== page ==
The Single Negotiated Score Principle (also known as “one score”, “consolidated score”, “composite score” and to a certain extent “balanced score”) is an important aspect of driving engagement and business results with the use of scorekeeping.
The value of a single score is three fold:
- simplicity and ease of access – when you tell someone their score is 25 /100 it’s simple and clear to understand.
- ease of distribution – a single score can be distributed in pretty much any medium – whether it’s a notification on your smartwatch to a big screen TV in your office
- ease of comparison – comparing past performance with current performance or comparing your performance versus others – if everything is condensed into a single (often weighted) score then comparison becomes easy.
The value of a negotiated score is more subtle, but just as important:
- both managers and players have high ownership of the score – high scores deliver outcomes that both parties want
- it is inherently flexible and therefore adaptable – the value of any one scoring system necessarily decays over time as technology changes, needs change and so on. By building negotiation into your score algorithm design, you future proof your score as every so often the algorithm will be forced to change to keep up with the needs of both managers and players.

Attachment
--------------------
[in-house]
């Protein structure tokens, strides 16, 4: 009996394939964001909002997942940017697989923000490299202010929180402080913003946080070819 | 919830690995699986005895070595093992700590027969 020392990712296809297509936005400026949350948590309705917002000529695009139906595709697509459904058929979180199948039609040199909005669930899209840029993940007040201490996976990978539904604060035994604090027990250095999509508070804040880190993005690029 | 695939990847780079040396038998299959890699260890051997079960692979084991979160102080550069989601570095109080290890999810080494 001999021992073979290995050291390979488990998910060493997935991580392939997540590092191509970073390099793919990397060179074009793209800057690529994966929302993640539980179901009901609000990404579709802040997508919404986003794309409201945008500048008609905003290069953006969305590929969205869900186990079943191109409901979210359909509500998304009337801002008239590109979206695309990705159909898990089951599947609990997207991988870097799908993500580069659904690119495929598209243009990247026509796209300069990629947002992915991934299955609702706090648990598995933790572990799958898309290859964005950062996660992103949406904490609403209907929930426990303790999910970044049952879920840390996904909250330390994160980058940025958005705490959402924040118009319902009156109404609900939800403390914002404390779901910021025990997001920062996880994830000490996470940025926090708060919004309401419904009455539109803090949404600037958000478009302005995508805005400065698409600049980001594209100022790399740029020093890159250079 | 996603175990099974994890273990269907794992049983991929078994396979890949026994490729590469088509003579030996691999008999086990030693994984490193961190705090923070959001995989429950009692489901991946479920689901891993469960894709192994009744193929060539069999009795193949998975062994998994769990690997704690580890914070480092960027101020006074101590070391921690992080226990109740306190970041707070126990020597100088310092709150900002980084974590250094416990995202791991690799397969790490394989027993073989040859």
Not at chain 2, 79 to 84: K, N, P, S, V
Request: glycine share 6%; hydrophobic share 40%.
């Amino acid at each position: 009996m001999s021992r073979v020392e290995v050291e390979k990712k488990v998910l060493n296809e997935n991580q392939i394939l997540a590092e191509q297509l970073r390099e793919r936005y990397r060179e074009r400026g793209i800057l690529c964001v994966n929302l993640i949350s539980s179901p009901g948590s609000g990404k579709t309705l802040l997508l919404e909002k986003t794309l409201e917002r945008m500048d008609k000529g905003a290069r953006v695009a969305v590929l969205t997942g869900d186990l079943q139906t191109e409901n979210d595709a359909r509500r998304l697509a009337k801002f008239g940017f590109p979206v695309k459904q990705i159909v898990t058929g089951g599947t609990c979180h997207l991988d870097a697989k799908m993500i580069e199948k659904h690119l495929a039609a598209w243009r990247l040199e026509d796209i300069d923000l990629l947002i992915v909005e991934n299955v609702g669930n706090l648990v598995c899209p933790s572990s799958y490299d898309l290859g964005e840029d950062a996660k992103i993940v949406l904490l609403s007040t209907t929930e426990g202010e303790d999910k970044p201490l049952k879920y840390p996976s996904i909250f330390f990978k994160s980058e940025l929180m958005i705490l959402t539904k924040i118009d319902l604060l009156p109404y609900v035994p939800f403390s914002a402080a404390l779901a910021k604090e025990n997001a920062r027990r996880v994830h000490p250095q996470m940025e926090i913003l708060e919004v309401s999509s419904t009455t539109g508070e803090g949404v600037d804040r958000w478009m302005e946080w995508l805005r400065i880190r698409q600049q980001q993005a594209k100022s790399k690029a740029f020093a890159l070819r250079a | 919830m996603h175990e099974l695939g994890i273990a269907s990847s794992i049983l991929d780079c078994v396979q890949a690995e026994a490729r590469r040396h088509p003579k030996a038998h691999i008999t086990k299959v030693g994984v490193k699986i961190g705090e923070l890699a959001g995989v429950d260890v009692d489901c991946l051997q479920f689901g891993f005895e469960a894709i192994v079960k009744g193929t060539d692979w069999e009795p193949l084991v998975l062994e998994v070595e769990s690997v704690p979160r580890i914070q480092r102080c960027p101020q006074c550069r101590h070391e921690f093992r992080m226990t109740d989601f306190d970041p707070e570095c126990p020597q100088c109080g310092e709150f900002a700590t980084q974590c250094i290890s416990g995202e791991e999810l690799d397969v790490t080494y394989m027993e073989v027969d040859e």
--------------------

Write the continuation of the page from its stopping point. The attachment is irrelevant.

- privacy and security considerations are covered – by having all stakeholders intimately involved, the “creepiness” and “manipulation” element that plagues many measurement programs goes away.
So there you have it, by serving your intended audience with a single negotiated score you get the benefits of simplicity and high buy-in, without sacrificing the sophistication you need to drive multiple behaviours among your team.
The only question is – what score will you create?